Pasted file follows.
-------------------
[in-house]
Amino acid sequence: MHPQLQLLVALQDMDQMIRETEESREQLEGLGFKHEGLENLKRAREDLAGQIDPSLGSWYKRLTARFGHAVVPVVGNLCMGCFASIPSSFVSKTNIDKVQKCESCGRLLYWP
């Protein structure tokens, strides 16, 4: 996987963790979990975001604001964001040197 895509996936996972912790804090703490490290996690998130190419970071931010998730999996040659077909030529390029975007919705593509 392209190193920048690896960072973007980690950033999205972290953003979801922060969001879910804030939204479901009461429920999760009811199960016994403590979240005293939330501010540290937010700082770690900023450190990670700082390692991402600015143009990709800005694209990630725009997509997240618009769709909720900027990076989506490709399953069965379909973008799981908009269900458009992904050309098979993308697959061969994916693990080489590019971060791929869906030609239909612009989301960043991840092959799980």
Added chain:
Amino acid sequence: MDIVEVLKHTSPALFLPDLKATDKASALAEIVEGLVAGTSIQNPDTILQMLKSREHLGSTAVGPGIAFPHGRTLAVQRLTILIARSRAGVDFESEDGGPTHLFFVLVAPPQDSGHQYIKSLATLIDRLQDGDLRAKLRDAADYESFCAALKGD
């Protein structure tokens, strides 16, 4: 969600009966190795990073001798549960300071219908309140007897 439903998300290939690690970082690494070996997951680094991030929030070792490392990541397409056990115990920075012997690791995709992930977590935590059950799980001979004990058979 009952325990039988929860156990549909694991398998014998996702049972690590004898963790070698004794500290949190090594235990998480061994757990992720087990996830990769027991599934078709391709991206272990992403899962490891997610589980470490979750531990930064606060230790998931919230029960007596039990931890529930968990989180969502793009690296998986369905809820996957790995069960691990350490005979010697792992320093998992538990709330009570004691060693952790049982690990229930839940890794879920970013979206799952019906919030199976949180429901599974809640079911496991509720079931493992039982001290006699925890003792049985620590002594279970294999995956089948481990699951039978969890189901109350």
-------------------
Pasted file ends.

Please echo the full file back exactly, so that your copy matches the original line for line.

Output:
[in-house]
Amino acid sequence: MHPQLQLLVALQDMDQMIRETEESREQLEGLGFKHEGLENLKRAREDLAGQIDPSLGSWYKRLTARFGHAVVPVVGNLCMGCFASIPSSFVSKTNIDKVQKCESCGRLLYWP
């Protein structure tokens, strides 16, 4: 996987963790979990975001604001964001040197 895509996936996972912790804090703490490290996690998130190419970071931010998730999996040659077909030529390029975007919705593509 392209190193920048690896960072973007980690950033999205972290953003979801922060969001879910804030939204479901009461429920999760009811199960016994403590979240005293939330501010540290937010700082770690900023450190990670700082390692991402600015143009990709800005694209990630725009997509997240618009769709909720900027990076989506490709399953069965379909973008799981908009269900458009992904050309098979993308697959061969994916693990080489590019971060791929869906030609239909612009989301960043991840092959799980």
Added chain:
Amino acid sequence: MDIVEVLKHTSPALFLPDLKATDKASALAEIVEGLVAGTSIQNPDTILQMLKSREHLGSTAVGPGIAFPHGRTLAVQRLTILIARSRAGVDFESEDGGPTHLFFVLVAPPQDSGHQYIKSLATLIDRLQDGDLRAKLRDAADYESFCAALKGD
């Protein structure tokens, strides 16, 4: 969600009966190795990073001798549960300071219908309140007897 439903998300290939690690970082690494070996997951680094991030929030070792490392990541397409056990115990920075012997690791995709992930977590935590059950799980001979004990058979 009952325990039988929860156990549909694991398998014998996702049972690590004898963790070698004794500290949190090594235990998480061994757990992720087990996830990769027991599934078709391709991206272990992403899962490891997610589980470490979750531990930064606060230790998931919230029960007596039990931890529930968990989180969502793009690296998986369905809820996957790995069960691990350490005979010697792992320093998992538990709330009570004691060693952790049982690990229930839940890794879920970013979206799952019906919030199976949180429901599974809640079911496991509720079931493992039982001290006699925890003792049985620590002594279970294999995956089948481990699951039978969890189901109350």